Start-to-Finish Storyboarding


The Storyboard

A storyboard is a sketch of how to organize a story and a list of its contents.

A storyboard helps you:

  • Define the parameters of a story within available resources and time
  • Organize and focus a story
  • Figure out what medium to use for each part of the story

How to Do a Rough Storyboard

A multimedia story is some combination of video, text, still photos, audio, graphics and interactivity presented in a nonlinear format in which the information in each medium is complementary, not redundant. So your storyboard should be put together with all those elements in mind.

The first thing to tackle is the part about the story being nonlinear.

Divide the story into its logical, nonlinear parts, such as:

  • a lead or nut paragraph, essentially addressing why this story is important
  • profiles of the main person or people in the story
  • the event or situation
  • any process or how something works
  • pros and cons
  • the history of the event or situation
  • other related issues raised by the story

Instead of thinking “first part,” “second part”, “third part”, “fourth part”, think “this part”, “that part”, “another part”, and “yet another part”. It helps to avoid linear thinking. The home page comprises a headline, nut graph, an establishing visual (can be a background or central photograph, a slide show or a video), and links to the other parts, which are usually subtopics of the overall story.

Next, divide the contents of the story among the media — video, still photos, audio, graphics and text.

  1. Decide what pieces of the story work best in video. Video is the best medium to depict action, to take a reader to a place central to the story, or to hear and see a person central to the story.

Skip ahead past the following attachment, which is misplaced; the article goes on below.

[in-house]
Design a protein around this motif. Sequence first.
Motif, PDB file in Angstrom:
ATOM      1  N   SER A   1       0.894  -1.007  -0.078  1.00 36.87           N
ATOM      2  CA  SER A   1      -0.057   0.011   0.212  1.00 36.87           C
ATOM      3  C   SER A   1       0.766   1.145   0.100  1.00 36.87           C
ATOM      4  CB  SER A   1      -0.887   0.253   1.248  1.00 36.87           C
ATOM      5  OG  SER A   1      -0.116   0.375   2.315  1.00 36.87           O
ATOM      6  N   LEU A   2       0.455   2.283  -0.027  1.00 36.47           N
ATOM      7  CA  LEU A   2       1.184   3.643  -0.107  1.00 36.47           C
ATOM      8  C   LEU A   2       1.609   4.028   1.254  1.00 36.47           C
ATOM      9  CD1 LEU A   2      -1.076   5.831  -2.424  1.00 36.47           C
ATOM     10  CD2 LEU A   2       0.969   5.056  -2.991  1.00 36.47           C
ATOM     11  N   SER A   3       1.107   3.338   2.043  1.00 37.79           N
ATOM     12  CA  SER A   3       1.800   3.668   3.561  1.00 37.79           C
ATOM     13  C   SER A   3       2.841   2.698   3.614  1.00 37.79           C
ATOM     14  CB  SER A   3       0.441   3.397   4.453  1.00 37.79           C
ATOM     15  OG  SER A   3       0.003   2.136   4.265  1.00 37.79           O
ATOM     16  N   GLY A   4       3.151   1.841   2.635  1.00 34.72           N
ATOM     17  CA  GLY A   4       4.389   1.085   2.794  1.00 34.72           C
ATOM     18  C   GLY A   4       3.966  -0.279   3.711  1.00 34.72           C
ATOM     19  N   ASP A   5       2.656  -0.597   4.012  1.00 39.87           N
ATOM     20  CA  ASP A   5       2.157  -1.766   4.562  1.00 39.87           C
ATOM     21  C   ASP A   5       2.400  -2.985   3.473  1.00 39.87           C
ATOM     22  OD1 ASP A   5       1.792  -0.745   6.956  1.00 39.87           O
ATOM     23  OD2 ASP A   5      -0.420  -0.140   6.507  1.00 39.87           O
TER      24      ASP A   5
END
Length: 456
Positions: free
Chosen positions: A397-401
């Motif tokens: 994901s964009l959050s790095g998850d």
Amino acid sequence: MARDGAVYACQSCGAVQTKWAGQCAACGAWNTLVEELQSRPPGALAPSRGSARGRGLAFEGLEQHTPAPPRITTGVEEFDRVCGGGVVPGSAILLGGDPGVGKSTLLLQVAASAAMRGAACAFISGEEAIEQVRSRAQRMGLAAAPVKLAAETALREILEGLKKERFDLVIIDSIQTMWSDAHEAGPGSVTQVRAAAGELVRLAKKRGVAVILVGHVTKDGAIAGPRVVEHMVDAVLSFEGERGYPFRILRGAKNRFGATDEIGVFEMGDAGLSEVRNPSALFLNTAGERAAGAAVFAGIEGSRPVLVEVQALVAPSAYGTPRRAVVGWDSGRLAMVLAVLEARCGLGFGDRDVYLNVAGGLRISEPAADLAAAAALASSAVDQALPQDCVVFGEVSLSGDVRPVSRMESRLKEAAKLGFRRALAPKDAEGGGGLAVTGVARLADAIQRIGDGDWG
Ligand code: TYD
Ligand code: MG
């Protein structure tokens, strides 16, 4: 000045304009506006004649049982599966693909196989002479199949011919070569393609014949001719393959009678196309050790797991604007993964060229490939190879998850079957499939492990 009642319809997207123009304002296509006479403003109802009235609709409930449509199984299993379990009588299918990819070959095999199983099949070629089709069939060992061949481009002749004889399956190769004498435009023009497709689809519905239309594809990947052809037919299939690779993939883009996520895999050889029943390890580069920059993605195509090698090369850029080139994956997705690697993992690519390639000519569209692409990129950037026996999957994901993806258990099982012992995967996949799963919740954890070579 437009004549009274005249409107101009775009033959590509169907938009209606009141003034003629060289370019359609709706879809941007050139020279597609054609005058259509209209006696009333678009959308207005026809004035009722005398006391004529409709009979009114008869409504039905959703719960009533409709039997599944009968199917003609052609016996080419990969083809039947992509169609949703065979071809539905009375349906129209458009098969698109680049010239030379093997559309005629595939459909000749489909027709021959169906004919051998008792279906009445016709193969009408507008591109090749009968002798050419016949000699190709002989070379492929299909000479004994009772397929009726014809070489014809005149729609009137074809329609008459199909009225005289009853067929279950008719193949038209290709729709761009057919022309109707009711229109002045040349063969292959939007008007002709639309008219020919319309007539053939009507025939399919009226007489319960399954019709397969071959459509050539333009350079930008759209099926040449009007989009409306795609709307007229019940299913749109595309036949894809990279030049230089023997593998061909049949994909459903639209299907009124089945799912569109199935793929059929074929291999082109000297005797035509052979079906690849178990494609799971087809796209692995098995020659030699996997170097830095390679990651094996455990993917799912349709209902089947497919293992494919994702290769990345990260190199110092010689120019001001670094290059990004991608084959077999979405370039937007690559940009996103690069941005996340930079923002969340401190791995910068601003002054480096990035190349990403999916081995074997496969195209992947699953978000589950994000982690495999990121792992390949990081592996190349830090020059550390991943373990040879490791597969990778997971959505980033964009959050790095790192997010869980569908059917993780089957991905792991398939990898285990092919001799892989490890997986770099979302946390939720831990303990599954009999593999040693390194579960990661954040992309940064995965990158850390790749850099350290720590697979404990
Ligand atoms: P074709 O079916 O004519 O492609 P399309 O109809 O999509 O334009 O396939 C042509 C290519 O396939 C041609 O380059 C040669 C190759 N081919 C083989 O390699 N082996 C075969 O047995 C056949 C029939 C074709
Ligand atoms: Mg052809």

2. Decide what pieces of the story work best in still photos. Still photos are the best medium for emphasizing a strong emotion, for staying with an important point in a story, or to create a particular mood. They’re often more dramatic and don’t go by as quickly as video. Still photos used in combination with audio also highlight emotions. Panorama or 360-degree photos, especially combined with audio, also immerse a reader in the location of the story.
  3. Does the audio work best with video, or will it be combined with still photos? Good audio with video is critical. Bad audio makes video seem worse than it is and detracts from the drama of still photos. Good audio makes still photos and video seem more intense and real. Avoid using audio alone.
  4. What part of the story works best in graphics? Animated graphics show how things work. Graphics go where cameras can’t go, into human cells or millions of miles into space. Sometimes graphics can be a story’s primary medium, with print, still photos and video in supporting roles.
  5. Does the story need a map? Is the map a location map, or layered with other information? GIS (geographic information systems) and satellite imaging are important tools for reporters. Interactive GIS can personalize a story in a way impossible with text by letting readers pinpoint things in their own cities or neighborhoods – such as crime or meth labs or liquor stores or licensed gun dealers.
  6. What part of the story belongs in text? Text can be used to describe the history of a story (sometimes in combination with photos); to describe a process (sometimes in combination with graphics), or to provide first-person accounts of an event. Often, text is what’s left over when you can’t convey the information with photos, video, audio or graphics.
  7. Make sure the information in each medium is complementary, not redundant. A little overlap among the different media is okay. It’s also useful to have some overlap among the story’s nonlinear parts, as a way to invite readers to explore the other parts of the story. But try to match up each element of a story with the medium that best conveys it.